Insight

Influenza’s Accomplice: Complacency

“Just the Flu” needs a rebrand- influenza is a serious disease that claims upwards of 600,000 lives every year with relative impunity. Read how complacency has become influenza’s greatest accomplice.

Depiction of people in close contact

The novel coronavirus that has seized the world’s attention has a long way to go to rival the destructiveness of too-familiar influenza. Year after year, flu claims 300,000 to 600,000 lives with relative impunity.  So far this season— which may not yet have reached its peak — CDC estimates that influenza has caused 22 million illnesses in the U.S., resulting in more than 12,000 deaths, yet flu is far from the front pages.

Complacency on many levels acts as influenza’s accomplice, enabling its routine lethality and potentially hastening its transformation into a devastating pandemic. Sadly, we’re so used to flu that the term has become generic.  “Flu” in common parlance often encompasses milder illnesses such as bad colds or gastroenteritis that are caused by pathogens other than influenza. Some public health officials have suggested (somewhat tongue-in-cheek) that flu should be re-branded to reflect just how scary it is.

Despite the recommendation that nearly everyone above 6 months get an annual flu shot, fewer than half of all adults and less than two thirds of children in the U.S. did so last season and one third of adults don’t plan to this season; vaccine uptake is similarly low in the EU. While the inconvenience of getting vaccinated every year presents a barrier to coverage, so does the widespread misbelief that influenza is not dangerous (or that it at least poses less risk than the vaccine). Meanwhile, the lack of a quick, reliable, cost-effective diagnostic test impedes detection of influenza outbreaks and delays life-saving treatment for people infected by the virus.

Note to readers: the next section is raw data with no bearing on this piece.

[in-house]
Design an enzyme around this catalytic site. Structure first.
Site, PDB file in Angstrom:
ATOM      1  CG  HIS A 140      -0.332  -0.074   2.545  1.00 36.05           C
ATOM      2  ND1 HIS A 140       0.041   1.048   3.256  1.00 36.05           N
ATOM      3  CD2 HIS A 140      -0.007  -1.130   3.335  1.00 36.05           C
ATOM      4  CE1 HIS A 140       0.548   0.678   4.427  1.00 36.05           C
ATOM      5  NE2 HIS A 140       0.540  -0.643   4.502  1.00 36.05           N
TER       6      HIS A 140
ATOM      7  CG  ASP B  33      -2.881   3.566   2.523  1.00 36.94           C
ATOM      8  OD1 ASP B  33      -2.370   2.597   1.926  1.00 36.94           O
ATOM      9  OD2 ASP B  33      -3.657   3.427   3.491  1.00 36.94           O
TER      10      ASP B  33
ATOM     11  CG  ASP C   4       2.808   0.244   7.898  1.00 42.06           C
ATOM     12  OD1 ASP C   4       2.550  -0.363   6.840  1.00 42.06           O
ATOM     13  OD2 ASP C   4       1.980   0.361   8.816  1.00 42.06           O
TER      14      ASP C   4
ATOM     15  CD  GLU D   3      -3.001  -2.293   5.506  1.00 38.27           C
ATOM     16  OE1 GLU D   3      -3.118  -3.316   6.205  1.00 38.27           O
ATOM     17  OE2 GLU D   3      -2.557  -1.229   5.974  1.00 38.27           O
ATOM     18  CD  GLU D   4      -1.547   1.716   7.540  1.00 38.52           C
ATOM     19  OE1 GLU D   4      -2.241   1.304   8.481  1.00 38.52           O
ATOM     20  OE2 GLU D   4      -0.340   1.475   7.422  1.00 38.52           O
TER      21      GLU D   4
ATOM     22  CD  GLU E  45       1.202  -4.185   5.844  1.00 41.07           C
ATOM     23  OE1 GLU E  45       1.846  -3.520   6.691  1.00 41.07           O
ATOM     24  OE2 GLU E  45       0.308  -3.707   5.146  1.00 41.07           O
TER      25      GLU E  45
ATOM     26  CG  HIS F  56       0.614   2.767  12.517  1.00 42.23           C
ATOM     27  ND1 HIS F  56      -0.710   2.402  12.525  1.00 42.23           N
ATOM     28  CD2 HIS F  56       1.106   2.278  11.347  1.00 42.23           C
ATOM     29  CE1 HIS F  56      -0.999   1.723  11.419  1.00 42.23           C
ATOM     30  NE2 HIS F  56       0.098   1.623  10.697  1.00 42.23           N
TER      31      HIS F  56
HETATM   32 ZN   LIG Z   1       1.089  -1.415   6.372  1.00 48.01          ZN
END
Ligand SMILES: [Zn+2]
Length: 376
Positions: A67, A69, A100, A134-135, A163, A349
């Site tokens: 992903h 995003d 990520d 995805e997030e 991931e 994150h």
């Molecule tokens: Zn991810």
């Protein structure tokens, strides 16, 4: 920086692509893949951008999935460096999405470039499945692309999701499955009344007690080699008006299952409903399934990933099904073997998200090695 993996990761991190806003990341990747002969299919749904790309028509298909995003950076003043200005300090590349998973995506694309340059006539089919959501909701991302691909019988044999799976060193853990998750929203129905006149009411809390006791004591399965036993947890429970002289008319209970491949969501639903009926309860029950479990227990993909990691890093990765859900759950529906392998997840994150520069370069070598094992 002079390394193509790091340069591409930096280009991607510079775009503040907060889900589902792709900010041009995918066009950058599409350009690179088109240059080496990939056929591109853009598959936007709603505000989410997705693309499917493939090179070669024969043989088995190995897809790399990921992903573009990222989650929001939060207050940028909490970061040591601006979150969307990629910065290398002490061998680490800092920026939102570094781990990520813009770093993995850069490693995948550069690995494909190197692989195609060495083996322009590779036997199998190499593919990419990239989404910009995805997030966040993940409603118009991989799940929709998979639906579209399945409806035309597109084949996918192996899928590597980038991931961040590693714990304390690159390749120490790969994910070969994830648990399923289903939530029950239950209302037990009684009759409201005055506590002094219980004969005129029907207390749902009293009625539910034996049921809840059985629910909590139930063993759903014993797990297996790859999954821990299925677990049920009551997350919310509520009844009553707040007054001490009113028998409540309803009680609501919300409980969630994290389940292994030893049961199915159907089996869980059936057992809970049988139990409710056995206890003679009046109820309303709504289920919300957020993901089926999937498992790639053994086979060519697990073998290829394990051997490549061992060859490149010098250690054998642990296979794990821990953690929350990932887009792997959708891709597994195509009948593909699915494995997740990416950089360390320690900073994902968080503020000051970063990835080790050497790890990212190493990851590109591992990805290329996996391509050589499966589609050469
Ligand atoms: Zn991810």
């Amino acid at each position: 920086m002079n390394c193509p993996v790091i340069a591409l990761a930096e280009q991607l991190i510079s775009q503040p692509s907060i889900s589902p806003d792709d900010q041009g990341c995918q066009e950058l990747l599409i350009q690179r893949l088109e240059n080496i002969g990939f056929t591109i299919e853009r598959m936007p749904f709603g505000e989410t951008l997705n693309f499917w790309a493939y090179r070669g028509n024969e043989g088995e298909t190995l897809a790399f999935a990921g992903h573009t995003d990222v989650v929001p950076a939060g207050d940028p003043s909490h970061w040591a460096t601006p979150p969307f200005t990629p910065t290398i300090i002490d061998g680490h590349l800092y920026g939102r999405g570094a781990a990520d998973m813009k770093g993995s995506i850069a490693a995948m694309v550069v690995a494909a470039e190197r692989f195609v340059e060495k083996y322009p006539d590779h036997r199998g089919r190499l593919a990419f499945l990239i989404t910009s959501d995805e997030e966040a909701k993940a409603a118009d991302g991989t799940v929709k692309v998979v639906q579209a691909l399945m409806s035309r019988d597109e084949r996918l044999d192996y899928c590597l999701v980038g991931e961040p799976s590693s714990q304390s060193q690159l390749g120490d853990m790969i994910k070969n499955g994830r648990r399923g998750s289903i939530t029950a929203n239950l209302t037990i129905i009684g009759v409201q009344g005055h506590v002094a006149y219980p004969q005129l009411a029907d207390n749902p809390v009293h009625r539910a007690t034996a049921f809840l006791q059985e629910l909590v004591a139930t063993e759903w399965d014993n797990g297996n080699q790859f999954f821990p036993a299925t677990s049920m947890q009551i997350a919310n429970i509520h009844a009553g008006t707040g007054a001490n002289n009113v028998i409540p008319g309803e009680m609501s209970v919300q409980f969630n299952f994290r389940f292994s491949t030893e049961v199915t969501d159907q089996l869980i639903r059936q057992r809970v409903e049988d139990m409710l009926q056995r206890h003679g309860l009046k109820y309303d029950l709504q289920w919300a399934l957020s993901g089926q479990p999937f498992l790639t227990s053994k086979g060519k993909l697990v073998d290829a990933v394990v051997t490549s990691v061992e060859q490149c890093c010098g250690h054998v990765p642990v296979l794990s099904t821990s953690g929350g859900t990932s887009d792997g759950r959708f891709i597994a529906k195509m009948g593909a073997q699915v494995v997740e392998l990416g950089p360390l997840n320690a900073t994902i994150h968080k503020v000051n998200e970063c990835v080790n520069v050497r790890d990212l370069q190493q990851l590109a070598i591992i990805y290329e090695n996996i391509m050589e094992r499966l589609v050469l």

Another form of complacency rests within industry and the regulatory bodies responsible for advancing new products to the public. Despite the flurry of funding and quick action that target vaccines upon the arrival of a newly emerging infectious disease outbreak, there is a lack of sustained energy and urgency in accelerating efforts to transform protection against influenza. The current availability of a safe, but only partially effective influenza vaccine has hindered investments and created outsized regulatory hurdles for new technologies and approaches that might lead to better vaccines.

By far the greatest risk posed by influenza—and to which complacency blinds us—is its ability to spark pandemic disease.  This ignorance stems in part from the success of public health measures that have limited the impact of recent outbreaks, such as the H1N1 pandemic of 2009. Disasters averted fail to provoke fear, but experts warn that influenza remains poised to inflict global devastation.  It is almost too terrifying to imagine what havoc a virus as virulent as the 1918-19 strain, which killed an estimated 50 million people, would unleash in a far more populated, interconnected world—but we must imagine such a disaster in order to embrace the goal of protecting the world from influenza.

Like the virus itself, complacency about influenza is a worldwide problem that only inspiration and galvanized commitments can conquer. We need to take action now at a global scale to create a universal influenza vaccine that can protect humanity from emergent strains with pandemic potential and reduce the burden of seasonal flu. Read our bold recommendations for accelerating the development of a universal influenza vaccine, and be inspired to challenge the status quo!